Saul Marquez: [00:07:32] Jack, you are the ultimate patient advocate. And I think it's so cool that you've decided to take this route and it's super empowering because like you said as a patient you have a life and you have a you have a career and then all of a sudden you become a patient and it's almost like you put on this cloak of like you're no longer human. Sometimes.
Jack Barrette: [00:07:53] We like to we hear about flip the clinical out which is a cool concept. We talked about flipped a patient think first of what they know as a professional as a peer as someone who can contribute to your organization whether or not they were ill and then think of their chronic illness and their experience from the inside of healthcare as a credential doesn't feel like a credential when you have asthma or or M.S. or diabetes but when you are working on a diabetes project and you're also a project manager or a designer you bring a whole lot of passion and understanding and expertise that you can't learn through a focus group.
Saul Marquez: [00:08:23] That's so interesting and and listeners if you're on a frontline or if you're in a leadership capacity think about this you know it's a small shift but small shifts could lead to pretty big things. I heard a stat somewhere. I don't know what it is exactly but the percentage of patients that recover that feel that their physician had empathy toward them is much higher. And so what can you do to be more empathetic go beyond that. How can you see this patient as your peer.
Jack Barrette: [00:08:50] Exactly exactly and my doctor I'm lucky is Danny sands so I have is very unusually collaborative physician who you founded is now the executive chair of the Society for participatory medicine of which we're also a proud sponsor. But for physicians to be able to look at patients as true collaborators to say you know go find this out for me go home and test this go home and look this up don't come back with a stack of everything you think I should know. But let's work together on your care. Make them your research staff. And I mean that in a in a collaborative way. Because that's I think physicians can get back to the joy of practicing medicine where it's not just basic training anymore because it can get that on the Internet. No one needs to have a definition of multiple sclerosis every wants to know what happens when it's relapsing remitting. And I've had it for 12 years and that drug isn't working anymore. Why is that happening. A good endocrinologist will work with folks to say this is this is how we address that is how we tackle that.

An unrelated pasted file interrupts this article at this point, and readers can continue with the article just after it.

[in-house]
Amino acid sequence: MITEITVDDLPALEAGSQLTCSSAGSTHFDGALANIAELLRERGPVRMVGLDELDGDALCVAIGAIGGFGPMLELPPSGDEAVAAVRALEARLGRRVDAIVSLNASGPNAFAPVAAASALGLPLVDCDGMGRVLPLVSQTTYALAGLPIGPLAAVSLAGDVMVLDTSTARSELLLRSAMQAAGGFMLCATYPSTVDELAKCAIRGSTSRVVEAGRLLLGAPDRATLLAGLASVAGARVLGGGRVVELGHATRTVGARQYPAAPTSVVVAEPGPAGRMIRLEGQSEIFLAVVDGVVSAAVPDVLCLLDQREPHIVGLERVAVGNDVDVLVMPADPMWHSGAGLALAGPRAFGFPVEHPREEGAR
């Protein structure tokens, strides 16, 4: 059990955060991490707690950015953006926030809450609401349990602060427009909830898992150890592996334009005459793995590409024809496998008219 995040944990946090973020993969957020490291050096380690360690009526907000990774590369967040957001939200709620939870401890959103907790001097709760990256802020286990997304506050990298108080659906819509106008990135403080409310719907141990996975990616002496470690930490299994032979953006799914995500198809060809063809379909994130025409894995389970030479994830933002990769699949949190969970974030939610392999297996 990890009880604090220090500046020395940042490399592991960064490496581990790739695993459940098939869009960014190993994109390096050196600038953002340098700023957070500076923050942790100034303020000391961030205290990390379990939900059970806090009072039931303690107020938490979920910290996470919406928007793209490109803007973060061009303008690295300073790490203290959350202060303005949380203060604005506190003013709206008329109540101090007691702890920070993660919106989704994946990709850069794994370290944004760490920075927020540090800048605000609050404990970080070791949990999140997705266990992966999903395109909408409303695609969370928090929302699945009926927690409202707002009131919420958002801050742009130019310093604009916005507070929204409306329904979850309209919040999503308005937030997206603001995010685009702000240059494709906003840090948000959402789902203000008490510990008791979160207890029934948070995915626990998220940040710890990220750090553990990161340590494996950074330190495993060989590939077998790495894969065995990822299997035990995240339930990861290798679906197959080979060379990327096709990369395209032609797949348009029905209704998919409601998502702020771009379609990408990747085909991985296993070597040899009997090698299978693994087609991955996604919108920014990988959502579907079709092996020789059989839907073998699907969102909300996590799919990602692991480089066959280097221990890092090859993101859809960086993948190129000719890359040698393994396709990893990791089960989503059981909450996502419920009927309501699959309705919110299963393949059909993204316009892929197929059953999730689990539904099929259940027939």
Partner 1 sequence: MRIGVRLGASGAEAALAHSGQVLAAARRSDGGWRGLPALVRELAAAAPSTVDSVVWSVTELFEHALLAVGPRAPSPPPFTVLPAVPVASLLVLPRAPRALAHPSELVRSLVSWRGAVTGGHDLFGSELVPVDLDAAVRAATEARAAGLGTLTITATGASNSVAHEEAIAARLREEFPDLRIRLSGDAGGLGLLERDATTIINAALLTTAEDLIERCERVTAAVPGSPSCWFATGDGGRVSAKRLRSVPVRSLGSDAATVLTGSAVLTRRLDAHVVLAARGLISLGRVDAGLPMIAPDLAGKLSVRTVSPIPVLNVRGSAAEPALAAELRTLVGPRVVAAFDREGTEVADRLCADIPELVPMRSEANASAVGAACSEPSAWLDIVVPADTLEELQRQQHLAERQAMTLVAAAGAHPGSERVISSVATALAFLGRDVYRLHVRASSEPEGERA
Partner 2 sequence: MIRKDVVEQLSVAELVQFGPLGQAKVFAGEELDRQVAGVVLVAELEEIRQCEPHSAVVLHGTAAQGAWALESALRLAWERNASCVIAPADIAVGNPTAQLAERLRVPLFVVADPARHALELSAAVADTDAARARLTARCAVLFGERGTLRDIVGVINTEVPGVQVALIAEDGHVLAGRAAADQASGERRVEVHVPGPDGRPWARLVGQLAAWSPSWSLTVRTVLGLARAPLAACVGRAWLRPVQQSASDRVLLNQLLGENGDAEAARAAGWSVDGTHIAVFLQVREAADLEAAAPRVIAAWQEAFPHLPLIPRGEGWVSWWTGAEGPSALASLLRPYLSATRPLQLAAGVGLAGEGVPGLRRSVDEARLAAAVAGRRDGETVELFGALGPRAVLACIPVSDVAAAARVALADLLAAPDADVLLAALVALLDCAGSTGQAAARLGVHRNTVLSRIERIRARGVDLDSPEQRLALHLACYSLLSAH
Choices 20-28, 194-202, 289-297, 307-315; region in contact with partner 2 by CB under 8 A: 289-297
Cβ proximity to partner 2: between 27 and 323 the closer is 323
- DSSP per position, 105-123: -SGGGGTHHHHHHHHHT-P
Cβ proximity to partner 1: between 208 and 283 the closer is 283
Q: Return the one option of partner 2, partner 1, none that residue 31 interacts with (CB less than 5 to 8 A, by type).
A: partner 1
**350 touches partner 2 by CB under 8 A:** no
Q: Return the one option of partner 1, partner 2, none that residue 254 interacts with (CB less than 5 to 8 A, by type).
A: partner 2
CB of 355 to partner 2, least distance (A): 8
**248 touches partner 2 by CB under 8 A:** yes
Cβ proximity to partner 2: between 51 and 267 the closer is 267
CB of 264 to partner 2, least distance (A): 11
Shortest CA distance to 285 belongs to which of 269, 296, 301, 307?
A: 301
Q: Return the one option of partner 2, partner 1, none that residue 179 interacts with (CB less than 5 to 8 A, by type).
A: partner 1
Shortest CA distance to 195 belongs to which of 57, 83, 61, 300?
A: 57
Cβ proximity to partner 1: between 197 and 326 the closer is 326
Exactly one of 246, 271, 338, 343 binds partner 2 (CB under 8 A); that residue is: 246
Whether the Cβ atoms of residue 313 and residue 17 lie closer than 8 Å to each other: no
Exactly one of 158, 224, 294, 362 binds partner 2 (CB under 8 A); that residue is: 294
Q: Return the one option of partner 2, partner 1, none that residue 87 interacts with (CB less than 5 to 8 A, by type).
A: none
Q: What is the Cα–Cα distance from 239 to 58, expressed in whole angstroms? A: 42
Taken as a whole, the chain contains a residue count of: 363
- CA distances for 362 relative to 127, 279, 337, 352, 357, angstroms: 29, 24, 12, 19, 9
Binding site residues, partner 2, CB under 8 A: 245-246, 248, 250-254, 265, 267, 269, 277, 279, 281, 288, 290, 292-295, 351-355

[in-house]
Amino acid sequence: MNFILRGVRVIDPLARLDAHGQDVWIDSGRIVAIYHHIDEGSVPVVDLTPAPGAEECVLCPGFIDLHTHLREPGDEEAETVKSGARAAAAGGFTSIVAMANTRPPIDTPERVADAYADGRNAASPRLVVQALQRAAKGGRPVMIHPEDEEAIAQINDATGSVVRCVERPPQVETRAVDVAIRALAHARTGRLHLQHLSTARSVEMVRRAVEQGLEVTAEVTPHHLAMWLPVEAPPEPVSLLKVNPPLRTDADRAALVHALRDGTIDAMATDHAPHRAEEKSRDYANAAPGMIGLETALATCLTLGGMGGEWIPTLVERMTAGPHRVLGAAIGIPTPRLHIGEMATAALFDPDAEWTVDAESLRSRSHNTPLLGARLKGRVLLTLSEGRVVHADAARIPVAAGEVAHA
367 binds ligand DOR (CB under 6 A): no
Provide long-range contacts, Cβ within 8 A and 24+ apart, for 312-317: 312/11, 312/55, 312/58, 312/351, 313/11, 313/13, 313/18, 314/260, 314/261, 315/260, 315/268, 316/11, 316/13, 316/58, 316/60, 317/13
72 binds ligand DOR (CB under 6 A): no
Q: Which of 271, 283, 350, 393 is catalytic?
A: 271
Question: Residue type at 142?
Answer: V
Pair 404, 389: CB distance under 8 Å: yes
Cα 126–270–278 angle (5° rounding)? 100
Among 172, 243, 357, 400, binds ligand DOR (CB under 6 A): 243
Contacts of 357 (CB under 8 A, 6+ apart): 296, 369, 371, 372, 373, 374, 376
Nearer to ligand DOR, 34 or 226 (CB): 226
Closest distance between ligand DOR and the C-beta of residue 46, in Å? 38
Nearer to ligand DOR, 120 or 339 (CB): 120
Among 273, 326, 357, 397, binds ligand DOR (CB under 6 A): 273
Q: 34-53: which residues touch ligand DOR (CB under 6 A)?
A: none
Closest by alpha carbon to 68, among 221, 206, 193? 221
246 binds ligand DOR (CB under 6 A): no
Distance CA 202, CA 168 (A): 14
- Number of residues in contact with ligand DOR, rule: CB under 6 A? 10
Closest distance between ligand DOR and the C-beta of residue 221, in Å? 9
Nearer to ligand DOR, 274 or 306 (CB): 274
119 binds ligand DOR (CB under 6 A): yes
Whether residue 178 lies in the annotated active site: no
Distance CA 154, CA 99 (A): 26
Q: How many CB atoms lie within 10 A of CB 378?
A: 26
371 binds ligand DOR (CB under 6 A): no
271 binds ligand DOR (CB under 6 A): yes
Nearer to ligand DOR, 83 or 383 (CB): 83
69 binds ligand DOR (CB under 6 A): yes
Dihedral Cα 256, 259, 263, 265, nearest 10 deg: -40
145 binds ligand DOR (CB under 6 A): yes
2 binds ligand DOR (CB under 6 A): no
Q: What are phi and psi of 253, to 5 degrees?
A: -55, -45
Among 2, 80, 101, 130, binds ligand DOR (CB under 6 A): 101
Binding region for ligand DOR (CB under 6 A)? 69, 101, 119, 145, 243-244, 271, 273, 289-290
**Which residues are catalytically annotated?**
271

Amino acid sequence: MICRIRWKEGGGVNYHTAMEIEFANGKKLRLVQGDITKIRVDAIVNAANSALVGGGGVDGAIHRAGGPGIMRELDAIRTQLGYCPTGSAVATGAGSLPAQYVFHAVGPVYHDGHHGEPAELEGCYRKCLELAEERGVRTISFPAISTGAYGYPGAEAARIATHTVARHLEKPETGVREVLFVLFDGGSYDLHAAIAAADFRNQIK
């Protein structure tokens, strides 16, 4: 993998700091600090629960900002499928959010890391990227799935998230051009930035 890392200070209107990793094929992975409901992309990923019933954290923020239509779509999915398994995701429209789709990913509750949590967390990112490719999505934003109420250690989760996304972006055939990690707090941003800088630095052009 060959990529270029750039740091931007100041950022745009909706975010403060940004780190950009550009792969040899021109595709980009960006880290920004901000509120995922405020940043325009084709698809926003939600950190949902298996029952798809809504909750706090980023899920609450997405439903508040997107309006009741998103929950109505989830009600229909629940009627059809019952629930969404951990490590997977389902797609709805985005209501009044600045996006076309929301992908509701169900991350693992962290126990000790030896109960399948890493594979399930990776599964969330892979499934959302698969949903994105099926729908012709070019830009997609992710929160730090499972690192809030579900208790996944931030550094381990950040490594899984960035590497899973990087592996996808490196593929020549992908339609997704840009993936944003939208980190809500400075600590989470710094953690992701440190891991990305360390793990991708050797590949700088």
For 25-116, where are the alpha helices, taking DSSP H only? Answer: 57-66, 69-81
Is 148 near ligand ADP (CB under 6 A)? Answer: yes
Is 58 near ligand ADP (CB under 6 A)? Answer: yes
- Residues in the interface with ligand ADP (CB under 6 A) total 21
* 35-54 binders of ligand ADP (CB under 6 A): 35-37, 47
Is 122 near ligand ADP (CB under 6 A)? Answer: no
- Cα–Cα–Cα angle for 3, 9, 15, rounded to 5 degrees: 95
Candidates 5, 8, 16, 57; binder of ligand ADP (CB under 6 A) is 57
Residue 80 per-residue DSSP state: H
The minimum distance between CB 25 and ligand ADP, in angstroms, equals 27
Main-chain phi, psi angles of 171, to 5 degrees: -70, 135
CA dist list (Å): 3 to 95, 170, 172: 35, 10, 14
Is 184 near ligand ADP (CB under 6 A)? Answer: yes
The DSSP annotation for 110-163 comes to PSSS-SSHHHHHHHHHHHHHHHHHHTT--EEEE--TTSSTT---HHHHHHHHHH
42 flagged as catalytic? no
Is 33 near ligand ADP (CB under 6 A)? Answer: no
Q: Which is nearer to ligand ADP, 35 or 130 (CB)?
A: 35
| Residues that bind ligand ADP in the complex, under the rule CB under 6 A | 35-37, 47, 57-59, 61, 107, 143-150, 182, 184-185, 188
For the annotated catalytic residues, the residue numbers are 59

Saul Marquez: [00:09:39] For sure. Jack give me an example and the listeners of how you guys WEGO health have improved outcomes by doing what you do.
Jack Barrette: [00:09:48] I love that end point for so much of what we do and again I think it is bringing the voice of the patient not just as a voice but as a path to a better outcome is really what we pride ourselves in doing. We're you know we're a for profit company that looks like a nonprofit because we're always driving this mission of embedding that patient leader in there to say Okay where are you trying to get from point A to Point B we're the ones that are going to you. It's called WEGO health because we talk about we go forward we make progress and we're not a support group that discusses and and embraces and provides only emotional support which is so important. And there's a lot of folks do everywhere. But how do we get to that outcome. How do we move forward. How do we make that progress. That means applying the right patients leaders and for us it means many cases vetting the folks who are ready to do the right kind of work right next to you as a peer health care system and providing that support for the healthcare system to get toward that outcome faster.
Saul Marquez: [00:10:39] I love that. And you mentioned Dr. Sand's I had a chance to do practice with an MA at the conference and he had this crazy analogy that hasn't left me and I will never leave me like that. Like the car wash the car wash of health care you know health care too much like a car wash you go in they spray healthcare on you and then you come out the other side and you're going gonna have to come back and then spray more healthcare on you. Instead what Jack does. Wego help go together with your patients.